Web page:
Development Guides



ROQ uses JSON:API specification to minimize the number of requests and the amount of data transmitted between clients and servers. Its design allows for fetching, creating, and updating multiple resources in a single request, making operations more efficient.

What is JSON:API?

JSON:API is a specification for how a client should request that resources be fetched or modified and how a server should respond to those requests. It provides guidelines for structuring requests, responses, and the HTTP methods and status codes to employ. It embraces RESTful conventions. However, it also defines conventions for building and modifying resources via HTTP.


  • Standardizes how APIs are designed and how requests and responses are handled, promoting interoperability.
  • Specifies the use of JSON in request and response bodies, with conventions for how resources and their relationships should be represented.
  • Supports fetching and modifying resources and provides mechanisms for transactions and error handling.
  • Embraces RESTful principles but also includes conventions for actions not covered by REST.

For example, this is a response from ROQ BaaS REST API:

  "data": [
      "id": "d8617785-7b30-47fd-9933-a93cf17f70cc",
      "title": "Pride and Prejudice",
      "author": "Jane Austen",
      "publication_date": "2023-10-19T01:18:11.866Z",
      "genre": "Romance",
      "company_id": "2b1ad26c-0033-496c-9a08-2daa21d924c0",
      "created_at": "2023-10-19T05:15:05.966Z",
      "updated_at": "2023-10-19T03:34:13.550Z",
      "review": [
          "id": "4cd16308-7ad9-4f08-95d0-87cc5205a6b0",
          "rating": 91223,
          "comment": "Couldn't put it down.",
          "user_id": "355ed6b8-ae02-4d3f-9eae-0371ccad7fab",
          "book_id": "d8617785-7b30-47fd-9933-a93cf17f70cc",
          "created_at": "2023-10-19T04:28:56.203Z",
          "updated_at": "2023-10-19T04:06:28.644Z",
          "user": {
            "id": "355ed6b8-ae02-4d3f-9eae-0371ccad7fab",
            "email": "",
            "firstName": null,
            "lastName": null,
            "roq_user_id": "ce3eef49-8f51-4f0b-a0d0-9c8a3181f24a",
            "tenant_id": "dc92f95d-42bd-45af-84a7-da227d694cbb",
            "created_at": "2023-10-19T09:46:27.426Z",
            "updated_at": "2023-10-19T09:46:27.426Z",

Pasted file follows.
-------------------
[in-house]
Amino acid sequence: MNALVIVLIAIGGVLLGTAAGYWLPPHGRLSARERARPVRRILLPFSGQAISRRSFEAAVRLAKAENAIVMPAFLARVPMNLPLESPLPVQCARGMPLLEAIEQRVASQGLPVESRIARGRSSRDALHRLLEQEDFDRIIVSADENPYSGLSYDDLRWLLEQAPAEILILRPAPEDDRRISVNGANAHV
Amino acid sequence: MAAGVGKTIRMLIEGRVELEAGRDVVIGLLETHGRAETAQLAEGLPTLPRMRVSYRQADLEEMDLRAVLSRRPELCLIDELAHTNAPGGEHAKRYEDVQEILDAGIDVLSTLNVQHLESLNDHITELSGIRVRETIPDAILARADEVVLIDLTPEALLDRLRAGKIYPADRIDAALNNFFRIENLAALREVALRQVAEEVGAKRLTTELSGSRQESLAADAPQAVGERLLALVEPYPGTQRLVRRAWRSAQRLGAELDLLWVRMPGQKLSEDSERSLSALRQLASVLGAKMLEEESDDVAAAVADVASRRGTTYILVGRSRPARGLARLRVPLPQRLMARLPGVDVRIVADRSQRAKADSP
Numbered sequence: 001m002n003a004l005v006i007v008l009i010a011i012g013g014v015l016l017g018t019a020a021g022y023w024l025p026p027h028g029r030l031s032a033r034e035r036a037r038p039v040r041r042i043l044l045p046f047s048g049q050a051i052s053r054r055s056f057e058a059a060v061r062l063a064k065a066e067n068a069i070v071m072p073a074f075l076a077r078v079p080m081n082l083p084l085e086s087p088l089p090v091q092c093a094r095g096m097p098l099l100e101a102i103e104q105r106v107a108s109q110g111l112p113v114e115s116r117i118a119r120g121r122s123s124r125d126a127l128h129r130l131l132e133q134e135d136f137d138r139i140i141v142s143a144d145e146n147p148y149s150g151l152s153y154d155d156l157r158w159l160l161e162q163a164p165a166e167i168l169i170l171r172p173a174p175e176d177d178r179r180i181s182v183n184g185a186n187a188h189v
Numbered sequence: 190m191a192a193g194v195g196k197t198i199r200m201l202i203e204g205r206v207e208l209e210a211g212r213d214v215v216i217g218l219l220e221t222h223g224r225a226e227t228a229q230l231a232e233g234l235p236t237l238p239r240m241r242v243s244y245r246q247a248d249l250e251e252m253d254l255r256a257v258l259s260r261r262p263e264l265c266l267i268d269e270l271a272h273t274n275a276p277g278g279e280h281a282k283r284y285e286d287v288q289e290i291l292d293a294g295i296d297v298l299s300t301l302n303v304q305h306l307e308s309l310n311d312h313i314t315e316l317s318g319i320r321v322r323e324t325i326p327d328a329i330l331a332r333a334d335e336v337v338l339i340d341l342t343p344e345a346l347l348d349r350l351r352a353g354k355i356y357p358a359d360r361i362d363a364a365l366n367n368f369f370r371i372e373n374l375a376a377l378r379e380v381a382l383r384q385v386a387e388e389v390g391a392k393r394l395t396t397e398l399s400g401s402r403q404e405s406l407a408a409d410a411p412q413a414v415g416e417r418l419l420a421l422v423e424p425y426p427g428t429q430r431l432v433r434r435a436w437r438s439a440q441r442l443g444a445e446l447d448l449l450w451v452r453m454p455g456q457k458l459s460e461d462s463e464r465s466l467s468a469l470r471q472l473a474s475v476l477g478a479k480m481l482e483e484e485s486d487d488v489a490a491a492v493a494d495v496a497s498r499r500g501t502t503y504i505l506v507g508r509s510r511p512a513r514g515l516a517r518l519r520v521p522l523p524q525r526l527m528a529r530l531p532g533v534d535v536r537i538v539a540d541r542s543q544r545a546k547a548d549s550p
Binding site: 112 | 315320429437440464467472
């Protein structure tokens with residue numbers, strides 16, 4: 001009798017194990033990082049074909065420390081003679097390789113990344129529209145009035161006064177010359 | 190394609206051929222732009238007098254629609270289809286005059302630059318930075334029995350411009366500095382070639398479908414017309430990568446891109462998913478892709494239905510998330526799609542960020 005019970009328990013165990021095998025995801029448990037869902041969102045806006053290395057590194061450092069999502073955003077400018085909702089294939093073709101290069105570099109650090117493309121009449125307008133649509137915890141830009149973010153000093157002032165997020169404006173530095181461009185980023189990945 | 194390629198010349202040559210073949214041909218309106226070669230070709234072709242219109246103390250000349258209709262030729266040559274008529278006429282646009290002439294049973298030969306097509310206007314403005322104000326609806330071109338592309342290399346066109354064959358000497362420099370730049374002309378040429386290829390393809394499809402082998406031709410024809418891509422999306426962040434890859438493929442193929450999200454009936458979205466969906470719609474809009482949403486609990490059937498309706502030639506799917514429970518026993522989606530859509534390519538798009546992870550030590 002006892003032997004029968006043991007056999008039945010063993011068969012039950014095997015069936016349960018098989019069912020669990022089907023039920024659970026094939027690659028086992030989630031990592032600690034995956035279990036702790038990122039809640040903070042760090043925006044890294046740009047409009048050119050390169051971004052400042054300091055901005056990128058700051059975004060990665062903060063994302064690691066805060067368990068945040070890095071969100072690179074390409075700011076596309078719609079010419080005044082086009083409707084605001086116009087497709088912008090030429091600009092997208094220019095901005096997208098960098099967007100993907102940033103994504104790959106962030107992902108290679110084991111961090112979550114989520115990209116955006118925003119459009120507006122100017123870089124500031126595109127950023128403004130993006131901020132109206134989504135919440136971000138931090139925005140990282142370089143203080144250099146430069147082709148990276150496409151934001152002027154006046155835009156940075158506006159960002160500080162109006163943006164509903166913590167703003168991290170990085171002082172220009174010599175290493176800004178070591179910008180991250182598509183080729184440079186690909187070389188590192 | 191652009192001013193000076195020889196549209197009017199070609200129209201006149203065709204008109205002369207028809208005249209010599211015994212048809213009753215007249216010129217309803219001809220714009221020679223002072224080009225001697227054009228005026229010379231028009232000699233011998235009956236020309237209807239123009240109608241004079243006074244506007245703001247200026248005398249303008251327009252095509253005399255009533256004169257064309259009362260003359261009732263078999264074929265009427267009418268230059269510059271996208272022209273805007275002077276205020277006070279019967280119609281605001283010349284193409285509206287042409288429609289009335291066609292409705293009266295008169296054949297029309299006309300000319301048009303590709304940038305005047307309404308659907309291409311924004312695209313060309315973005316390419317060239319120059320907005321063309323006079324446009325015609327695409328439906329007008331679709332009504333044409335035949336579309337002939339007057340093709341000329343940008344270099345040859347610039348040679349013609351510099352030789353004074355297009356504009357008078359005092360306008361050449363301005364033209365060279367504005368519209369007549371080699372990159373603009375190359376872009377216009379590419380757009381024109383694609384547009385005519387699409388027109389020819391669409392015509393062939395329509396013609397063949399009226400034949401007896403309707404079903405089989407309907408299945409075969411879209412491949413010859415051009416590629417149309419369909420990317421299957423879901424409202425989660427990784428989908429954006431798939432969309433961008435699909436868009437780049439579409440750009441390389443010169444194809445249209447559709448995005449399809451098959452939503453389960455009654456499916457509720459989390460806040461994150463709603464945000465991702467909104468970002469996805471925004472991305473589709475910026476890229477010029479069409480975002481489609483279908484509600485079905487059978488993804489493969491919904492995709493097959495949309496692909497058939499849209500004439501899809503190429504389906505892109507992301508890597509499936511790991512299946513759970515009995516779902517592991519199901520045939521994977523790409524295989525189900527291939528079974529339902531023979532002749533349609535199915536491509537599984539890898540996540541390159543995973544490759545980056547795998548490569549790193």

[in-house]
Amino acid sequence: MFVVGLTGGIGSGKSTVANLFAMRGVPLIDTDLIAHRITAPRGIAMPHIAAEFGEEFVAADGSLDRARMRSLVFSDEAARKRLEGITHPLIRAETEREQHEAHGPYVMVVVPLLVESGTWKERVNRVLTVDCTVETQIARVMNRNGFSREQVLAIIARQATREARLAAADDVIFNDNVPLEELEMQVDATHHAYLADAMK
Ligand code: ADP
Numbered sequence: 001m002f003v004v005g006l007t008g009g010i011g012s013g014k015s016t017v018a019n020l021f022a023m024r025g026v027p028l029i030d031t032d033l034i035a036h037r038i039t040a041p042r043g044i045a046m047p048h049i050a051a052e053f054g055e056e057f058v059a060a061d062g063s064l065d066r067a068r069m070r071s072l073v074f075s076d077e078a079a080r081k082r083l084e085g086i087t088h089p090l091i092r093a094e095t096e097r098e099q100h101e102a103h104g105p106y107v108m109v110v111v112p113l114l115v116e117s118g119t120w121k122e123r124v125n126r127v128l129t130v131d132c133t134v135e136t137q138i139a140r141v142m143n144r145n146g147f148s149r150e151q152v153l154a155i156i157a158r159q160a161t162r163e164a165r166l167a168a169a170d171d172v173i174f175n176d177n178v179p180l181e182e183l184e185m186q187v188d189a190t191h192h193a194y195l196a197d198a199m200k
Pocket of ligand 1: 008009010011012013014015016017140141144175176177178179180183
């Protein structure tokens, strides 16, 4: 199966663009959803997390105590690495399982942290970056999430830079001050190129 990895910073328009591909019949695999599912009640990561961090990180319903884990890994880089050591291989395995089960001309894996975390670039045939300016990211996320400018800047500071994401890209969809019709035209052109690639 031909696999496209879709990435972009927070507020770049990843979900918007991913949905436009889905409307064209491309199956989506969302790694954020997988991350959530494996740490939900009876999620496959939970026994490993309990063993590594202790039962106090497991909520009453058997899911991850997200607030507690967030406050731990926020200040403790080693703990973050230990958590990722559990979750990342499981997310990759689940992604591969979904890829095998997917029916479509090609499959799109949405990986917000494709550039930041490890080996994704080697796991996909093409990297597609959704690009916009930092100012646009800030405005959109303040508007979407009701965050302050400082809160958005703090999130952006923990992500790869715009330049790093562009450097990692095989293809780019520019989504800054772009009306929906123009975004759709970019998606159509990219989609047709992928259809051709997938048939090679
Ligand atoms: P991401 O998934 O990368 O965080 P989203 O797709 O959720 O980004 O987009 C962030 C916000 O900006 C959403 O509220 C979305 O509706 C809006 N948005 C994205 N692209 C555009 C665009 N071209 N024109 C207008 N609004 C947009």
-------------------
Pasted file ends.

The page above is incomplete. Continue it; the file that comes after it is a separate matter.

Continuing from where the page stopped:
"company": []
  "count": 1

The JSON:API response showcases a single book record under the data key, including its associated reviews and some user data of the reviewers. It adheres to the JSON:API specifications, encapsulating relationships and attributes of the book entity. The book data comprises various attributes like title, author, and publication_date, among others, along with a nested review array containing individual review records. Each review record further nests the user data of the reviewer.

For more information, visit the JSON:API official website (opens in a new tab).


You can locate the REST API URL by accessing the ROQ_API_URL environment key which is available in the ROQ Console (opens in a new tab).

If you have already copied the environment values from the ROQ Console to your application project's .env file, you should be able to view the ROQ_API_URL key in the .env file.

For example:


How to get the user token

Whenever a user successfully logs in, a user token is generated. This token is used to identify the user for subsequent requests made to the ROQ BaaS. To access the ROQ BaaS REST API, you need an authorization token known as roq-session-token. In a Next.js application, you can programmatically retrieve the user token for authorization. There are a few ways to get the user token. You can get the token programmatically, or you can get it manually for fast testing and development.

Using ROQ SDK will automatically get the user token for you. Its rarely needed to get the token manually except for testing and development purposes.